A monogenic disease is a condition determined by the interaction of a single pair of genes. Compared to the other, polygenic condition wherein several genes (polygene) are involved. The monogenic disease is less common than the polygenic disease. It is also less complicated than the latter and may follow a pattern based on Mendelian inheritance.
They are inherited according to Mendel’s Laws (Mendelian disorders). The mutation can be spontaneous and where there is no previous family history. Inheritance patterns can be autosomal dominant, autosomal recessive or X-linked recessive. Over 10,000 human disorders are caused by a change, known as a mutation, in a single gene. Since monogenic disease involves a single pair of genes the dysfunctional or mutated gene may be identified more easily than polygenic disease.
In monogenic disease, a single gene mutation may lead to disease. Monogenic diseases are mostly pediatric disorders. So, it can be mainly seen in children. Some of human diseases due to autosomal dominant single-gene defects include polycystic kidney disease, neurofibromatosis type I, familial hypercholesterolemia, hereditary spherocytosis, Marfan syndrome, and Huntington’s disease.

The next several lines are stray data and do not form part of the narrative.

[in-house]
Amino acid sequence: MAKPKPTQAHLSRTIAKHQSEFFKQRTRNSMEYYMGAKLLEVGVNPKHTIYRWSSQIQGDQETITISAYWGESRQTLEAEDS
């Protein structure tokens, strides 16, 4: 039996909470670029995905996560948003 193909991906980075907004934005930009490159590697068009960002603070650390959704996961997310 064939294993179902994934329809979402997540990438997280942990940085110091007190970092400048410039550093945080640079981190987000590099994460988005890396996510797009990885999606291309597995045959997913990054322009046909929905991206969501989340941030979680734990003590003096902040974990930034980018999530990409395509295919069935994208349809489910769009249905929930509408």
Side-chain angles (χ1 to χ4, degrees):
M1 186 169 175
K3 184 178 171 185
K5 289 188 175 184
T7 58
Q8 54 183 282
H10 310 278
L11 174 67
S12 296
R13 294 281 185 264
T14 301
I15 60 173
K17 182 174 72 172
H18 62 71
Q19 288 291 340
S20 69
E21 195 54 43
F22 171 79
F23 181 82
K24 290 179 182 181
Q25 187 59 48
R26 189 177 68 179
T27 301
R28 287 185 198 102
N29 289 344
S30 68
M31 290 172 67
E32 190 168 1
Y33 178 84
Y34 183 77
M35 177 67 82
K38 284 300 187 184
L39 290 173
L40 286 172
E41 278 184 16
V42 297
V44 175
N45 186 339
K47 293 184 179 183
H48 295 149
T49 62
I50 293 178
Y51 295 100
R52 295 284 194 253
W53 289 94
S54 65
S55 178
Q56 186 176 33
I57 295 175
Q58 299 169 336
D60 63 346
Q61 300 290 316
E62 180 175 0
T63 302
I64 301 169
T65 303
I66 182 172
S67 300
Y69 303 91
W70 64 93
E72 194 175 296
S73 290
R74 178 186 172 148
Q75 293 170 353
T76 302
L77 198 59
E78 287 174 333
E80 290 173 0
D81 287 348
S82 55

Examples of autosomal recessive monogenic disorders include sickle cell anaemia, cystic fibrosis, Tay-Sachs disease, phenylketonuria, mucopolysaccharidoses, glycogen storage diseases, and galactosemia. X-linked monogenic disorders are single-gene mutations in the X chromosome. They include hemophilia and Duchenne muscular dystrophy. Y-linked monogenic disorders are associated with single-gene mutations in the Y chromosome and are very rare. These are passed on from father to their sons. Mitochondrial disease is another example of a monogenic disorder and involving mitochondrial DNA, which is passed from the mother to offspring.